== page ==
Various Artists

Moog [Original Soundtrack]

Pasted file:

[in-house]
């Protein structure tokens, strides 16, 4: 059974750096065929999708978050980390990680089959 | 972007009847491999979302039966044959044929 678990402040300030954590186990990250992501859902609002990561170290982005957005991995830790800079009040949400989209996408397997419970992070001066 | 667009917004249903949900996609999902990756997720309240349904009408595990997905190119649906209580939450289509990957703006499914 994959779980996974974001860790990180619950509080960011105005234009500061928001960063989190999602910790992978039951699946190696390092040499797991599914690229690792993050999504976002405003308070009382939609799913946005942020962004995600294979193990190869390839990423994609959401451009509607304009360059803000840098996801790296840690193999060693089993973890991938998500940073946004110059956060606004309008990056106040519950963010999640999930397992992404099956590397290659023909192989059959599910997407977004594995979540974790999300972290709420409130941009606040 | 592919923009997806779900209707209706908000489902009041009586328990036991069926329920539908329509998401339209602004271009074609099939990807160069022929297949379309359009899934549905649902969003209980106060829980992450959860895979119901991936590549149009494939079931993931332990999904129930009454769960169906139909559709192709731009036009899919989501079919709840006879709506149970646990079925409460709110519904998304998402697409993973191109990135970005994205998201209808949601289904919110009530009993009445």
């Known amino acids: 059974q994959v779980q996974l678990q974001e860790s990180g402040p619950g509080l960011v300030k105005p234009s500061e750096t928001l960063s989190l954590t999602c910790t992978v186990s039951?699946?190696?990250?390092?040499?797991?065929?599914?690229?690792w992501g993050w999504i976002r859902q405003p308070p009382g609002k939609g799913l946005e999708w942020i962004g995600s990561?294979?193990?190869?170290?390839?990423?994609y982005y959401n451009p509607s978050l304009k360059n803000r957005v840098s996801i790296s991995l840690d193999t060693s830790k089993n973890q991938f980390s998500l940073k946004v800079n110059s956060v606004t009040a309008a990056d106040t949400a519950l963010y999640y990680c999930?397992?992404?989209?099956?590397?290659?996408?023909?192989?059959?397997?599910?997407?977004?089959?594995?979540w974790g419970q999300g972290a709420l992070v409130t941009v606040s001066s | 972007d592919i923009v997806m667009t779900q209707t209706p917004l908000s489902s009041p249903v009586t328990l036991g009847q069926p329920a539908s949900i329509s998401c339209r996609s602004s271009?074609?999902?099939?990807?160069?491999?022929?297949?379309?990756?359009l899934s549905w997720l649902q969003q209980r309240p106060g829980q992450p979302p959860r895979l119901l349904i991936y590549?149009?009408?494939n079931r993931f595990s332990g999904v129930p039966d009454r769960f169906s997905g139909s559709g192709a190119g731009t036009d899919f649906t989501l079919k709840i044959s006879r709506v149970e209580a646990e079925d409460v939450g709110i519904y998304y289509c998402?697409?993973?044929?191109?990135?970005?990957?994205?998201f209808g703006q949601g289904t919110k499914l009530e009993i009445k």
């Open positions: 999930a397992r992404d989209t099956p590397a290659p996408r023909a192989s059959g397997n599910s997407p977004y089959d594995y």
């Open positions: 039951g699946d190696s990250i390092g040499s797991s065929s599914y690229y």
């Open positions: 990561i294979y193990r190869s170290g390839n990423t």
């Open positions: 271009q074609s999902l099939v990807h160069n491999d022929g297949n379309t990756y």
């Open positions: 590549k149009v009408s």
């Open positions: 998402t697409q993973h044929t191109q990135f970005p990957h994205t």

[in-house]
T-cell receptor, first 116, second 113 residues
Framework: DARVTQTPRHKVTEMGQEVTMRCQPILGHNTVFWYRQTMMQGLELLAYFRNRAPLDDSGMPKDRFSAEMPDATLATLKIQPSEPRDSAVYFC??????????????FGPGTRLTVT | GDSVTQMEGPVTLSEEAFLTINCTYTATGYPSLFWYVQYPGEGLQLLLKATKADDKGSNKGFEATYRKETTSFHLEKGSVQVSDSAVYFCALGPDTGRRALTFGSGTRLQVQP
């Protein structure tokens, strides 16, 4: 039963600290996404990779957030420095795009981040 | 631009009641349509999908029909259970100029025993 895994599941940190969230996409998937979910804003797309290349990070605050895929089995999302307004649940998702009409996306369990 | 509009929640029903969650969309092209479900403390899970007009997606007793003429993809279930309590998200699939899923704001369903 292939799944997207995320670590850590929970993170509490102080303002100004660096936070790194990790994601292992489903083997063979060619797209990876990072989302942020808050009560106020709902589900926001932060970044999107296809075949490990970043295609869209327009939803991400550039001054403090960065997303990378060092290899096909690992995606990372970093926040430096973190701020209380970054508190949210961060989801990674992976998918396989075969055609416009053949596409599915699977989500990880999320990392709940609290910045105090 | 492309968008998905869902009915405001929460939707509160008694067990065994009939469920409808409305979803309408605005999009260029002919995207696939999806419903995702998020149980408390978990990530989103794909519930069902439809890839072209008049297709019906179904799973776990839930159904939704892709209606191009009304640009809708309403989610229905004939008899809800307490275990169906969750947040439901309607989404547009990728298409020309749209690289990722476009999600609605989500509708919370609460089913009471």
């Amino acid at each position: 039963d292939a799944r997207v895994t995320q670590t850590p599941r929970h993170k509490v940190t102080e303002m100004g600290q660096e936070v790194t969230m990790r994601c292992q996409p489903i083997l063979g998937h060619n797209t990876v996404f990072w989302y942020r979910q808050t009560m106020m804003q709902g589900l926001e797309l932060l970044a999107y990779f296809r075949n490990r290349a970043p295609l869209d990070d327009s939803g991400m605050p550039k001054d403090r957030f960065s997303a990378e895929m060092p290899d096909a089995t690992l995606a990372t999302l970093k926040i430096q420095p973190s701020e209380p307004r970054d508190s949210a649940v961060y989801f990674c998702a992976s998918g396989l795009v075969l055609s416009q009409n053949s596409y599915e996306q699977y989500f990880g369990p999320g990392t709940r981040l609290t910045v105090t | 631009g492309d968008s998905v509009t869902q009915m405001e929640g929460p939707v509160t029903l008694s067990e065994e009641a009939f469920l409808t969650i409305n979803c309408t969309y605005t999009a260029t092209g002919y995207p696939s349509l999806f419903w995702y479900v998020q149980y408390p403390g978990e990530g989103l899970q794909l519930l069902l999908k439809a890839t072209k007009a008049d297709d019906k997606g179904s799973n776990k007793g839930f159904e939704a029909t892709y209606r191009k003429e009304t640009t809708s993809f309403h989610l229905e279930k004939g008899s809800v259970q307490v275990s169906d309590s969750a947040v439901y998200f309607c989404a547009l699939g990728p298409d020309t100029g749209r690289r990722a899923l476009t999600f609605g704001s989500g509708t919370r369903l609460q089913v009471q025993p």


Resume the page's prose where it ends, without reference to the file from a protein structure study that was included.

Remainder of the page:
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Hans Fjellestad's documentary Moog and its soundtrack explore the connection between, and the lasting influence of, eccentric electronic genius Robert Moog -- his name is practically onomatopoetic -- and his quintessential analog synthesizer. Moog's two discs include the actual soundtrack, which features new tracks by contemporary artists, and another disc of vintage tracks. 33's "Abominatron," which mixes samples of Moog speaking with R2D2-like synth squiggles and heavy, blobby basslines, and the Moog Cookbook's "Bob's Funk" are straight-up tributes that are fun, but not especially creative. Likewise, Luke Vibert and Jean-Jacques Perrey's collaboration, "You Moog Me," is oddly subdued and straightforward, considering their previous quirky work. Money Mark's peppy "Nanobot Highway" fares better, as does Bernie Worrell and Bootsy Collins' "When Bernie Speaks," one of the few tracks here that shows how soul and funk embraced the Moog. However, Tortoise's startlingly dark, dubby version of the standard "Beautiful Love" and Cure keyboardist Roger O'Donnell's "Another Year Away" -- which captures the warm, slightly oppressive feel of some late-'60s/early-'70s electronic music -- twist the classic sound and image of the Moog to their own devices. Meat Beat Manifesto's "Unavailable Memory" and Stereolab's "Variation One" find these artists doing pretty much what they always do, with Moogs adding a bit of warmth and character to the proceedings. Tracks by newer performers are the most exciting: the Album Leaf's aptly named "Micro Melodies" is a lovely reminder that the Moog can be delicate. Plastiq Phantom's "Sqeeble" -- which sounds a bit like Akufen on steroids -- and Pete DeVriese's witty "You Have Been Selected" update the Moog's tradition of being playful and fascinatingly unpredictable. Japanese musician and visual artist Baiyon's "Mixed Waste 4.2" is another standout: it begins with pretty, subtle glitches and becomes a tangle of crossed and dropped signals. The second disc does a better job of showcasing the Moog's influence and diversity: ELP's "Lucky Man" and Yes' massive "Close to the Edge" show why the synth was a vital element in prog rock's flights of fancy, while Gary Numan's "Cars," Devo's "Mongoloid," and New Order's "Blue Monday" show how it also fit post-punk and new wave's frosty, paranoid tones. Meanwhile, Perrey's "E.V.A." and They Might Be Giants' cover of his "Baroque Hoedown" represent the lovably cheesy side of the Moog. It's something of a shame that Moog doesn't feature more of the artists who helped make the synth so iconic; Wendy Carlos, who made some of the most definitive Moog music, and Add N to (X), who pushed the innate playfulness of the Moog and other analog synths to the limit, are especially missed. It's understandable that the people behind the soundtrack didn't want to just make a "history of the Moog" compilation, but not enough of the artists on the collection really embody the creative, innovative spirit of Moog -- the man and the machine. Moog is far from a bad soundtrack, but the expectations of analog synth geeks might be too high.

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